Michele: [00:38:20] No, there’s so many. Yeah.
Wendy: [00:38:22] So many! And we keep buying the updated version of the new books. I’m like, “This is not comprehensive because they’re going to come up with new ones.” At some point they have to run out of Pokémons, right? But the delight he has in those, the delight he has in those characters where he’s like, “Mom, listen, Mom, can I show you this? Mom, can I show — ?” Like, I don’t care, but I see the delight he has in that. And I wonder if God looks at us that way, right? I don’t know if he cares about certain little things in our lives and what we — but the delight we find in those — and I think that gives a peek into some of the things that we’re meant to do. And so I’m exploring that right now. I’m exploring without judgment, without my leadership hat, my anything, just kind of reconnecting with who I am. At the core of who I am, what do I love? What makes me laugh, what makes me delight, and can I do more of that?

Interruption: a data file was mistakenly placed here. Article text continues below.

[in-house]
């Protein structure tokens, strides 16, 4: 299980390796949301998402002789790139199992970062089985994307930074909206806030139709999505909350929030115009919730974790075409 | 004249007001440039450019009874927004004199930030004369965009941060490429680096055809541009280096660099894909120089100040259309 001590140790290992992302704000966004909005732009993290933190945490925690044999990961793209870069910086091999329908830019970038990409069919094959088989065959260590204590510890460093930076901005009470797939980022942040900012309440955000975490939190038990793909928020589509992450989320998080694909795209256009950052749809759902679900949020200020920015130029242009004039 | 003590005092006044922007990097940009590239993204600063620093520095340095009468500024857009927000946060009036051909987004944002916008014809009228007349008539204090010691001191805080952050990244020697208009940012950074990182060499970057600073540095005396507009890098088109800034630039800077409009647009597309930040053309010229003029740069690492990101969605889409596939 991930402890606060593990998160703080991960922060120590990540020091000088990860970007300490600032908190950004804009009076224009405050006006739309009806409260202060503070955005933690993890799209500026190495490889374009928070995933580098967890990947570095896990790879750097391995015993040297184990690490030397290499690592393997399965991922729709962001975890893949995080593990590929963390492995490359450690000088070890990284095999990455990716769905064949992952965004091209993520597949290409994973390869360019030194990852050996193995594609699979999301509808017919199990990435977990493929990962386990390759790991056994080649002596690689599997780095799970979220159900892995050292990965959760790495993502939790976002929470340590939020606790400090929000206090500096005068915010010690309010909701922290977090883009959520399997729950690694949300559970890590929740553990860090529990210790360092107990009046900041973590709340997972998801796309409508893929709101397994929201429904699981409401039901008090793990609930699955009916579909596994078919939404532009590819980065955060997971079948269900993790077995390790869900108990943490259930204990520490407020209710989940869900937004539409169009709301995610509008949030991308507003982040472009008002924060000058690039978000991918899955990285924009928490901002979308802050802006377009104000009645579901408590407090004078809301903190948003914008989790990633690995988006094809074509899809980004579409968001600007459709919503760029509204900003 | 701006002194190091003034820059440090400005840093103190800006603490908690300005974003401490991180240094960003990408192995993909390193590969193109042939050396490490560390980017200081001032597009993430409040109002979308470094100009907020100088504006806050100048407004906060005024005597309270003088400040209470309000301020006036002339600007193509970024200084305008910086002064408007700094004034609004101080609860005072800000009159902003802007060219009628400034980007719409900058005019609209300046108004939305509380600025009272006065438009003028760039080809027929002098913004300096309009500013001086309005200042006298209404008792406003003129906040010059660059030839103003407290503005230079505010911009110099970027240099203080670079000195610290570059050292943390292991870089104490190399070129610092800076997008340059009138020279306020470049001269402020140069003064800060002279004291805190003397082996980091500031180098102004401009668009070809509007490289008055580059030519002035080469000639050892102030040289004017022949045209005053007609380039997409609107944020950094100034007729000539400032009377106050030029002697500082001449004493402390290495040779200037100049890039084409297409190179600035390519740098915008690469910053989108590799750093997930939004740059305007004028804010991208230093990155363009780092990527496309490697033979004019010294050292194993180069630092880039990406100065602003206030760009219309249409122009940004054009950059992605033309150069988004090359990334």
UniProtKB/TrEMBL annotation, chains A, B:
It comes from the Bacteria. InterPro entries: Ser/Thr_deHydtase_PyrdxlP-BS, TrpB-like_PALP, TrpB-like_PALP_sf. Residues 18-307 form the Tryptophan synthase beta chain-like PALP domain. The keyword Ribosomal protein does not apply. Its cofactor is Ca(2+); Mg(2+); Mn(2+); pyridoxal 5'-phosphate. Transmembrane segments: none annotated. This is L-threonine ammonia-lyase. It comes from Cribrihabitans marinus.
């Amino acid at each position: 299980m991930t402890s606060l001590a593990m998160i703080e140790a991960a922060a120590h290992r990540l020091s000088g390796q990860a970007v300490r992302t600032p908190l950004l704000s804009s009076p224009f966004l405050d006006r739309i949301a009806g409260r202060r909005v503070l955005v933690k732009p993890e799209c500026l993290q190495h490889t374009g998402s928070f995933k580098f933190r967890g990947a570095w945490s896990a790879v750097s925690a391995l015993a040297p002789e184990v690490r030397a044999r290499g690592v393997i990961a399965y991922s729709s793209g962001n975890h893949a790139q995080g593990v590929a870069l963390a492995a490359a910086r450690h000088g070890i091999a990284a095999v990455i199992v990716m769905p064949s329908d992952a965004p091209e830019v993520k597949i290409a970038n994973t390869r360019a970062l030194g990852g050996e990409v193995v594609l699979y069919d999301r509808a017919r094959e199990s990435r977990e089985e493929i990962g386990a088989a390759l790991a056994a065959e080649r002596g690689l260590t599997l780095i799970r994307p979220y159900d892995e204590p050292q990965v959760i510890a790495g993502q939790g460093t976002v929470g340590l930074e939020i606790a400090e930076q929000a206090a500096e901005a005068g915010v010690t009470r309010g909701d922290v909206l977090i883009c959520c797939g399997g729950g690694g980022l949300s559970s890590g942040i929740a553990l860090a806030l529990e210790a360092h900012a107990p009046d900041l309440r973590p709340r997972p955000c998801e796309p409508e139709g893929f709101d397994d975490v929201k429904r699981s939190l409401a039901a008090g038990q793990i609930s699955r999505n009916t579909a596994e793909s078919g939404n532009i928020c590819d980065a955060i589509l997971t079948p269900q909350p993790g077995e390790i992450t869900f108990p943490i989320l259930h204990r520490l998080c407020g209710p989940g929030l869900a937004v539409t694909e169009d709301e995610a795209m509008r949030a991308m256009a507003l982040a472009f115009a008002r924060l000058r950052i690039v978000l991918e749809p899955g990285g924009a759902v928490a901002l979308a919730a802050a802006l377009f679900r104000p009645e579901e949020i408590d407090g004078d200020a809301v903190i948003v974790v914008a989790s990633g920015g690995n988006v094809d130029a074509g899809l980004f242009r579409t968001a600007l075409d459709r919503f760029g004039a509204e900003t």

Michele: [00:39:27] Wendy Chen just challenged us to consider how our faith is connected to our lived experience and how we can be whole people who live in this world bearing the image of God, honoring the image of God that we have within ourselves, and honoring it in other people. In light of all that is complicated and difficult and painful in our world today, I want to leave you with that question: what can you do today to honor the imago dei within yourself and within others? Created For is hosted and produced by Cru. If you enjoyed this episode, subscribe, rate or review it wherever you listen. For more resources to continue your journey to living out your impact, check out the show notes on our website CRU.org/createdfor, and follow us on Instagram @_createdfor. Thanks for listening!